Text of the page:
extract from The Migraine Hotel by Luke Kennard

luke-kennard2

Luke Kennard is a poet, critic, dramatist and pugilist. He is compassionate, but prone to anxiety and bleak introspection. Many have called him polite and quite funny, but add that he suffers from a tendency towards constant nervous laughter and an apparently involuntary rictus of disdain. His poetry and criticism have appeared in Stride Magazine, Sentence, Echo:Location, The Tall Lighthouse Review, Reactions 4, Orbis, 14 Magazine, The Flying Post, Exultations & Difficulties. He won an Eric Gregory Award in 2005 and was shortlisted for Best Collection in the 2007 Forward Poetry Prizes. He is quite tall.

Computer Club, a new, previously unpublished work of short fiction by Luke Kennard may be read in issue 3 of the print edition of Plectrum.

The Migraine Hotel is published by Salt Publishing

My Friend

My friend, your irresponsibility and your unhappiness delight
me. Your financial problems and your expanding waist-line are a
constant source of relief. I am so happy you drink more than I do
and that you don’t seem to enjoy it as much. When I hear you
being arrogant and argumentative, my heart leaps. Your nihilism
is fast becoming the richest source of meaning in my life and it is
my pleasure to watch you speaking harshly to others. When you
gossip about our mutual acquaintances I sigh with satisfaction.
Your childish impatience delights me. The day you threw a
tantrum in the middle of the supermarket was the happiest day
of my life. Sometimes you say something which reveals you to be
rather stupid – and I love you then, but not as much as I love you
when you are callously manipulative. Your promiscuity is like a
faithful dog at my side. When you talk about your petty affairs,
you try to make them sound grand and important – I cherish
your gaucheness and your flippancy. At times it seems your are
actually without a sense of humour : I bless the day I met you.
You bully people younger and weaker than you – and when others
tell me about this, I am pleased. Sometimes I think you are
incapable of love – and I am filled with the contentment of waking
on a Saturday morning to realise I don’t have to go to work. I
often suspect that you do not even like me and my laughter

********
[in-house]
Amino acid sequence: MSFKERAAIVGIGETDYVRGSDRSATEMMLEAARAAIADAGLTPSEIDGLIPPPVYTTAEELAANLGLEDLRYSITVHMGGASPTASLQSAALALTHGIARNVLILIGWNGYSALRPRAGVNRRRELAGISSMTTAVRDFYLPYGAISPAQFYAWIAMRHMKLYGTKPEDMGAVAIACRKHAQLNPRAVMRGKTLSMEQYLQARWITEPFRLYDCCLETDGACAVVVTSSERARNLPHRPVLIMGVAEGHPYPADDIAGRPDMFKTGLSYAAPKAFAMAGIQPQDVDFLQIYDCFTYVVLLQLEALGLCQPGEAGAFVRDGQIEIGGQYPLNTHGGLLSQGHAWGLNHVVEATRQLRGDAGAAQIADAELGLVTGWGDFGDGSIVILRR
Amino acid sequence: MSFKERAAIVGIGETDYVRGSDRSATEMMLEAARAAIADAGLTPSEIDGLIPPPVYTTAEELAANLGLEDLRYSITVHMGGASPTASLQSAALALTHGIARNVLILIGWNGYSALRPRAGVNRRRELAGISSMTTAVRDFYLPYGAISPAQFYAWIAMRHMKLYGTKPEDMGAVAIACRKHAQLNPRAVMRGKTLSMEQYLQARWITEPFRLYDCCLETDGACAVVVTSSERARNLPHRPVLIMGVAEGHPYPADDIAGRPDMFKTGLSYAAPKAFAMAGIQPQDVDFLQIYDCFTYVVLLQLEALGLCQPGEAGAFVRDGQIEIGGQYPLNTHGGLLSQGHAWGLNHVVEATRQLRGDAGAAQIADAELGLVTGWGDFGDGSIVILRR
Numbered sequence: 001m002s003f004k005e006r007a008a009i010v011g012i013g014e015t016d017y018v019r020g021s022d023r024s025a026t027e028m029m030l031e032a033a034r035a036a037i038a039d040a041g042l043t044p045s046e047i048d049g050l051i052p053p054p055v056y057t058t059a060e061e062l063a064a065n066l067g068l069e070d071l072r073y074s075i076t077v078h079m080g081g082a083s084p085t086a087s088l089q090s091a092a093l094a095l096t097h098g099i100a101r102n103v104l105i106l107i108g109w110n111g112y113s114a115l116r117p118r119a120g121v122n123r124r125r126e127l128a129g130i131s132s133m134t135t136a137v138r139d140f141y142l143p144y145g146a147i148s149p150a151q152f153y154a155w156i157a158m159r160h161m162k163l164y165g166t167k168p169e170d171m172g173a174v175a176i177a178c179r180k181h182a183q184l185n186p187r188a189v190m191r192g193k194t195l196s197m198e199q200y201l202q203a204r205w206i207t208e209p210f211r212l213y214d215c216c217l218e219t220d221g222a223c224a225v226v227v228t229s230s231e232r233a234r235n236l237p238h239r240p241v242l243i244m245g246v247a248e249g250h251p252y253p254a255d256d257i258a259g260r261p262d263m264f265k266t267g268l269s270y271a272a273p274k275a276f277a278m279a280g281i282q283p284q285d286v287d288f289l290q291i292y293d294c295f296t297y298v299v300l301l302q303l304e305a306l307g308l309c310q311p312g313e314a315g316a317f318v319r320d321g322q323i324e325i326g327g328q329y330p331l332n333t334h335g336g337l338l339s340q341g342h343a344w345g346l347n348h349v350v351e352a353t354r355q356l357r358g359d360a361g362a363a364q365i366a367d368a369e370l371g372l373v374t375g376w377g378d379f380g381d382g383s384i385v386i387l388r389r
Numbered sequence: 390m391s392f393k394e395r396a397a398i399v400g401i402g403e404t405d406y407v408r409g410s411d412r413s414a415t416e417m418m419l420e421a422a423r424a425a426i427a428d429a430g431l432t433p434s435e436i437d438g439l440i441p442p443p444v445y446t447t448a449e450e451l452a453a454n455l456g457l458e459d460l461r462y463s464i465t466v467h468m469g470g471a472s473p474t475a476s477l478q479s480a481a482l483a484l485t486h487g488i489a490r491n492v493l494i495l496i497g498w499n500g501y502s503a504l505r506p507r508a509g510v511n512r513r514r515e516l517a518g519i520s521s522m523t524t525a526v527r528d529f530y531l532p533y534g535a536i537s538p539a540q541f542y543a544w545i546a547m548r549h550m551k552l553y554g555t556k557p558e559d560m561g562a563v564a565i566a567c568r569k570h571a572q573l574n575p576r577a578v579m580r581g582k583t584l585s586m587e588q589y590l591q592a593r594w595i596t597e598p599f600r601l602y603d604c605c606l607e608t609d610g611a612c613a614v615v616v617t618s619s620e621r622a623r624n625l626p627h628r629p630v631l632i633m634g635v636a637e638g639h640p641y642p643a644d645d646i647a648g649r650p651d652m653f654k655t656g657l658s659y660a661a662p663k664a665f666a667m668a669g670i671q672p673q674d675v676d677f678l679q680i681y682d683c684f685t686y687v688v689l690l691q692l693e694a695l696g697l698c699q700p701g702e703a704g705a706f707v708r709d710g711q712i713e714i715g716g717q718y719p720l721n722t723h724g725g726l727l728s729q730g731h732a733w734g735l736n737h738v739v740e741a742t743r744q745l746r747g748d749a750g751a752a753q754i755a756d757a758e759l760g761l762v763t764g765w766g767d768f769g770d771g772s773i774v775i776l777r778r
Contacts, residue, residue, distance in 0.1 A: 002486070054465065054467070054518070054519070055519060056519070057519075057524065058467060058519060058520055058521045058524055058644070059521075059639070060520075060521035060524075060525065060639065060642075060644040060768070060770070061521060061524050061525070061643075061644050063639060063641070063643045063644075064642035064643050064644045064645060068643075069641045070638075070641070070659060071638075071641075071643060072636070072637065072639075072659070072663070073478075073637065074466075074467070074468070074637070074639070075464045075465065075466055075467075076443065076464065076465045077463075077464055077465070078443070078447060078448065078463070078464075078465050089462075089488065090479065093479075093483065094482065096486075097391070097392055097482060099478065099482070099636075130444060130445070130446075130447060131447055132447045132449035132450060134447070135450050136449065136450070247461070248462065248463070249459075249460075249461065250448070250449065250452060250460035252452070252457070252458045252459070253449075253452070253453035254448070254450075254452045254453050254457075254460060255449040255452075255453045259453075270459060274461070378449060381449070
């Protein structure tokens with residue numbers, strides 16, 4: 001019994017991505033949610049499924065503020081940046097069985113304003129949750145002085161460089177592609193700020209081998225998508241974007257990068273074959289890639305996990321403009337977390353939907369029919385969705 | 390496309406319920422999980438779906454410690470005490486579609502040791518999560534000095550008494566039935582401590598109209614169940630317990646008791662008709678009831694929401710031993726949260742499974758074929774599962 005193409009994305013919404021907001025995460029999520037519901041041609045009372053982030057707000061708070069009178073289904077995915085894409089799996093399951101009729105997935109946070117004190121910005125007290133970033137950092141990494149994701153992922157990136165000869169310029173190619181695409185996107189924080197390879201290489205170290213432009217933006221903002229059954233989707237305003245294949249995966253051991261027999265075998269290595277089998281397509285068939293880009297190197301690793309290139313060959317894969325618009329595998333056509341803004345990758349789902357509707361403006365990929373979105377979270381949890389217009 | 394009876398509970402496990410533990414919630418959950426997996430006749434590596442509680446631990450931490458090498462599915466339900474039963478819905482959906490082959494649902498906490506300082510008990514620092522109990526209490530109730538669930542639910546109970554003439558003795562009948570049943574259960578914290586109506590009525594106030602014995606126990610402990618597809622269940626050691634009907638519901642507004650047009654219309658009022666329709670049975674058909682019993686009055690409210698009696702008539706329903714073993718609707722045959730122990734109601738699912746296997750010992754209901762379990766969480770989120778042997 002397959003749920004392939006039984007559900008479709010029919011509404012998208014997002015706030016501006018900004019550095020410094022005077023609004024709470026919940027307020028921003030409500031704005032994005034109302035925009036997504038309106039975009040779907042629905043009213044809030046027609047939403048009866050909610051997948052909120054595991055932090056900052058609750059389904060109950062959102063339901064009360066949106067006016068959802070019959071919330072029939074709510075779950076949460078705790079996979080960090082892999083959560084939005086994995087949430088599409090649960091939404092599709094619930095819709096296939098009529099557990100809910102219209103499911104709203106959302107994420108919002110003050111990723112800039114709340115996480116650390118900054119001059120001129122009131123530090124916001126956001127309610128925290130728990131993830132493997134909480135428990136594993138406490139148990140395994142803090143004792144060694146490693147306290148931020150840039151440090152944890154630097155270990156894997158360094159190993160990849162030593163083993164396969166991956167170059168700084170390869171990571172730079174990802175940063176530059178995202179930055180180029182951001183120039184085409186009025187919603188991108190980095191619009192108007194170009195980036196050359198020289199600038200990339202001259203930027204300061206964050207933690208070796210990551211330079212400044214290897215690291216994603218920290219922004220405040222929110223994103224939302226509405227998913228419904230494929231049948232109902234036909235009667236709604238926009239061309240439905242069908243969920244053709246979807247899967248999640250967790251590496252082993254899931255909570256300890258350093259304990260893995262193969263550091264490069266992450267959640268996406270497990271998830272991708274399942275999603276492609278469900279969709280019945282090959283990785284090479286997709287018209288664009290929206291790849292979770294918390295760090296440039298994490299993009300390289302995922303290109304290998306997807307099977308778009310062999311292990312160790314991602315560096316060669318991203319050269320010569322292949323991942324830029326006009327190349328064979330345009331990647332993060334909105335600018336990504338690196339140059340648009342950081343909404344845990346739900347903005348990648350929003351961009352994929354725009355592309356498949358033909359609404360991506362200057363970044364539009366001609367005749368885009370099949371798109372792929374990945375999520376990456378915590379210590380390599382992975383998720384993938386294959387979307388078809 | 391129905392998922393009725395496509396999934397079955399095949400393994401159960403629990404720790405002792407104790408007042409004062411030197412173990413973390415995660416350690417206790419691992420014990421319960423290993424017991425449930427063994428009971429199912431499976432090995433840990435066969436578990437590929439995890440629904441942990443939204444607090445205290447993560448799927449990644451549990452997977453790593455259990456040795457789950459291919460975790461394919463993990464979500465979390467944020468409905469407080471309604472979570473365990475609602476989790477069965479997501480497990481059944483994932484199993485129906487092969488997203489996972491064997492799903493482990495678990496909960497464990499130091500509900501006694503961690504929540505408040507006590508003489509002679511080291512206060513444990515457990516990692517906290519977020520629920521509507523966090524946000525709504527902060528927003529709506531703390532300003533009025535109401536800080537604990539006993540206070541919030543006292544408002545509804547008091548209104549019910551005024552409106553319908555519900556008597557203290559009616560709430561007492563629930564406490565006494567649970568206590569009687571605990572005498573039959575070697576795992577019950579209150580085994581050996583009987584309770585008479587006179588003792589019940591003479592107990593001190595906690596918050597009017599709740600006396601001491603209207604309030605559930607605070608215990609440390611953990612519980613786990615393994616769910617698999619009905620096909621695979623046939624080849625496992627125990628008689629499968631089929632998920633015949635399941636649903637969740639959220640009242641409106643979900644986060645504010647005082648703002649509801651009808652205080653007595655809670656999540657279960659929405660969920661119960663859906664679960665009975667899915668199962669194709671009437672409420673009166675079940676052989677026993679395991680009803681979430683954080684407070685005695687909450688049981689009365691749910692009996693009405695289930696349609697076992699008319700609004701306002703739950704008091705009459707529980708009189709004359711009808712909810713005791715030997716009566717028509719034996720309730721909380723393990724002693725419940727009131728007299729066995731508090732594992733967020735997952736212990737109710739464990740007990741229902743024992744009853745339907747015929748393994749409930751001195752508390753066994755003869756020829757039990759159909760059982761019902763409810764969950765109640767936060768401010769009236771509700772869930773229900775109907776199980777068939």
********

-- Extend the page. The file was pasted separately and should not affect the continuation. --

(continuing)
overflows like water from a blocked cistern.

The Dusty Era

for S.F.

One day he was walking behind her with several colleagues
from the Embassy when the hairgrip fell out of her hair
(bronze, decorated with three parrots) and clattered to the
pavement. It was Stockholm, and high winter. She was deep
in conversation with a girlfriend and didn’t hear. His colleagues
chuckled and continued to admire her legs.
They walked five blocks before she noticed her hair around her
shoulders, patted the back of her head and stopped walking.
She turned and looked first at the pavement and then up,
where she caught his eye. She looked hurt, as if something in
his face had apologised for conspiring against her with lesser
men (he responded with an apologetic grimace) then she
took her girlfriend’s arm and walked on, hurriedly.
Two summers later, looking for cufflinks for the reception, he
found the hairgrip in a pawn shop in Östersund. An event
Grabes describes as, ‘One of those overdetermined little
moments that gradually conspired to snap his reason like a
chicken bone and force him into organised religion, more
credulous than even the altar boy.’ (ibid, p. 136) It should be
noted that Grabes was one of the men walking with him that
winter evening in 1956, and that he was, in all probability,
quite attracted to E. himself – a fact that throws Grabes’s
more spiteful observations into relief.
He stood with a hip-flask, complaining in the port, a parcel of
Christmas presents under one arm. Each day contains a hundred
subtle chasms. You can betray someone by not smiling,
murder them by not saying ‘Mm,’ at the appropriate points
in the conversation.
Years later he sat on the swingset in the playpark, an unopened
letter from his daughter in his inside pocket. He was throwing
pine-cones at the rusty ice-cream van. ‘You should be
banned from describing anyone,’ he said out loud in the condensation.
Two of his would-be future biographers crashed
into each other on the autobahn and were killed instantly.